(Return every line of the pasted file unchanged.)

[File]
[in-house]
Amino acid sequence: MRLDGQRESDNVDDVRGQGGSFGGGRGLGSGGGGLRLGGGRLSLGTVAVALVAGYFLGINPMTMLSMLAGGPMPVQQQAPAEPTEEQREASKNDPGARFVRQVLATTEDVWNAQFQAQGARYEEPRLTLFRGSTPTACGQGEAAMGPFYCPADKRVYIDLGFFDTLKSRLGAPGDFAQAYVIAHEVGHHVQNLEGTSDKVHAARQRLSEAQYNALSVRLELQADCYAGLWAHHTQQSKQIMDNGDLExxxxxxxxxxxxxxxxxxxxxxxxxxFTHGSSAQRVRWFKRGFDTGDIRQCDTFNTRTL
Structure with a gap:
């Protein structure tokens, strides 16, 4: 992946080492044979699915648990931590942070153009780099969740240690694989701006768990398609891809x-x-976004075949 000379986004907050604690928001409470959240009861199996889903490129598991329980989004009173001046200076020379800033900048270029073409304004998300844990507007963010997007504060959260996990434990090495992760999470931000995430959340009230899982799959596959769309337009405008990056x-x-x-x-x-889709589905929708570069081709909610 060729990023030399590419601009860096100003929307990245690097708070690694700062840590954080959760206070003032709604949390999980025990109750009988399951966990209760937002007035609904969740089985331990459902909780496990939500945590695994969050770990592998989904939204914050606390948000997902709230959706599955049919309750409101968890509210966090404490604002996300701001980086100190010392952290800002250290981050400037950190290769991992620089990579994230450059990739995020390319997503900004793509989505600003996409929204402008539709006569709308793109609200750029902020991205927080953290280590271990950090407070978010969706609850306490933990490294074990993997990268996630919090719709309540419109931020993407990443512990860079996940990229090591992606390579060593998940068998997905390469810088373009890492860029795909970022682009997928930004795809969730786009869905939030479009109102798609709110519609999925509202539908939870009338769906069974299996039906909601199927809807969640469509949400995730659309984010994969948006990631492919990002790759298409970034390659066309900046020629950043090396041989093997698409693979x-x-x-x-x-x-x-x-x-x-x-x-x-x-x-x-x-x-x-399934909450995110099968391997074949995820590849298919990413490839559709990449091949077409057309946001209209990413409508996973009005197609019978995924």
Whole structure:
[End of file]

[in-house]
Amino acid sequence: MRLDGQRESDNVDDVRGQGGSFGGGRGLGSGGGGLRLGGGRLSLGTVAVALVAGYFLGINPMTMLSMLAGGPMPVQQQAPAEPTEEQREASKNDPGARFVRQVLATTEDVWNAQFQAQGARYEEPRLTLFRGSTPTACGQGEAAMGPFYCPADKRVYIDLGFFDTLKSRLGAPGDFAQAYVIAHEVGHHVQNLEGTSDKVHAARQRLSEAQYNALSVRLELQADCYAGLWAHHTQQSKQIMDNGDLExxxxxxxxxxxxxxxxxxxxxxxxxxFTHGSSAQRVRWFKRGFDTGDIRQCDTFNTRTL
Structure with a gap:
């Protein structure tokens, strides 16, 4: 992946080492044979699915648990931590942070153009780099969740240690694989701006768990398609891809x-x-976004075949 000379986004907050604690928001409470959240009861199996889903490129598991329980989004009173001046200076020379800033900048270029073409304004998300844990507007963010997007504060959260996990434990090495992760999470931000995430959340009230899982799959596959769309337009405008990056x-x-x-x-x-889709589905929708570069081709909610 060729990023030399590419601009860096100003929307990245690097708070690694700062840590954080959760206070003032709604949390999980025990109750009988399951966990209760937002007035609904969740089985331990459902909780496990939500945590695994969050770990592998989904939204914050606390948000997902709230959706599955049919309750409101968890509210966090404490604002996300701001980086100190010392952290800002250290981050400037950190290769991992620089990579994230450059990739995020390319997503900004793509989505600003996409929204402008539709006569709308793109609200750029902020991205927080953290280590271990950090407070978010969706609850306490933990490294074990993997990268996630919090719709309540419109931020993407990443512990860079996940990229090591992606390579060593998940068998997905390469810088373009890492860029795909970022682009997928930004795809969730786009869905939030479009109102798609709110519609999925509202539908939870009338769906069974299996039906909601199927809807969640469509949400995730659309984010994969948006990631492919990002790759298409970034390659066309900046020629950043090396041989093997698409693979x-x-x-x-x-x-x-x-x-x-x-x-x-x-x-x-x-x-x-399934909450995110099968391997074949995820590849298919990413490839559709990449091949077409057309946001209209990413409508996973009005197609019978995924």
Whole structure: